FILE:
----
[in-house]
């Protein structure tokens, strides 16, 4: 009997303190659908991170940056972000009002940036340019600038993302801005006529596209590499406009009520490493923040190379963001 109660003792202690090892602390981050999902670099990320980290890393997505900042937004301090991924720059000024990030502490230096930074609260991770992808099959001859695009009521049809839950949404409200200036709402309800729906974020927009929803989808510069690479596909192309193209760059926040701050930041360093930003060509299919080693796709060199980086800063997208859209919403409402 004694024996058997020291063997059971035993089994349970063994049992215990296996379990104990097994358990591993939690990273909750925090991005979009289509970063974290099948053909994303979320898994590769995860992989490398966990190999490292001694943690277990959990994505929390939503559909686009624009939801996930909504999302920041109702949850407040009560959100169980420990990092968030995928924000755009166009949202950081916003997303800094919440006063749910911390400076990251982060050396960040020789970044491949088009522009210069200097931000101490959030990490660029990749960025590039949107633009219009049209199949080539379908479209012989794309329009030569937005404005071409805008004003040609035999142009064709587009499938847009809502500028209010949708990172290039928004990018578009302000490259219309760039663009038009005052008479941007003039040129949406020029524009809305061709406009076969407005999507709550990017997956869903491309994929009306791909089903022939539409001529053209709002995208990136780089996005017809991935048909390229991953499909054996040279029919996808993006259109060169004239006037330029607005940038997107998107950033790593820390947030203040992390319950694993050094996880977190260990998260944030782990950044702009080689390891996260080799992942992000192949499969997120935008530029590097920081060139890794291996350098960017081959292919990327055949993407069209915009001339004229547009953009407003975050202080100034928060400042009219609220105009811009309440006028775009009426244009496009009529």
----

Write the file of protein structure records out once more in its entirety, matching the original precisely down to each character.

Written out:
[in-house]
């Protein structure tokens, strides 16, 4: 009997303190659908991170940056972000009002940036340019600038993302801005006529596209590499406009009520490493923040190379963001 109660003792202690090892602390981050999902670099990320980290890393997505900042937004301090991924720059000024990030502490230096930074609260991770992808099959001859695009009521049809839950949404409200200036709402309800729906974020927009929803989808510069690479596909192309193209760059926040701050930041360093930003060509299919080693796709060199980086800063997208859209919403409402 004694024996058997020291063997059971035993089994349970063994049992215990296996379990104990097994358990591993939690990273909750925090991005979009289509970063974290099948053909994303979320898994590769995860992989490398966990190999490292001694943690277990959990994505929390939503559909686009624009939801996930909504999302920041109702949850407040009560959100169980420990990092968030995928924000755009166009949202950081916003997303800094919440006063749910911390400076990251982060050396960040020789970044491949088009522009210069200097931000101490959030990490660029990749960025590039949107633009219009049209199949080539379908479209012989794309329009030569937005404005071409805008004003040609035999142009064709587009499938847009809502500028209010949708990172290039928004990018578009302000490259219309760039663009038009005052008479941007003039040129949406020029524009809305061709406009076969407005999507709550990017997956869903491309994929009306791909089903022939539409001529053209709002995208990136780089996005017809991935048909390229991953499909054996040279029919996808993006259109060169004239006037330029607005940038997107998107950033790593820390947030203040992390319950694993050094996880977190260990998260944030782990950044702009080689390891996260080799992942992000192949499969997120935008530029590097920081060139890794291996350098960017081959292919990327055949993407069209915009001339004229547009953009407003975050202080100034928060400042009219609220105009811009309440006028775009009426244009496009009529």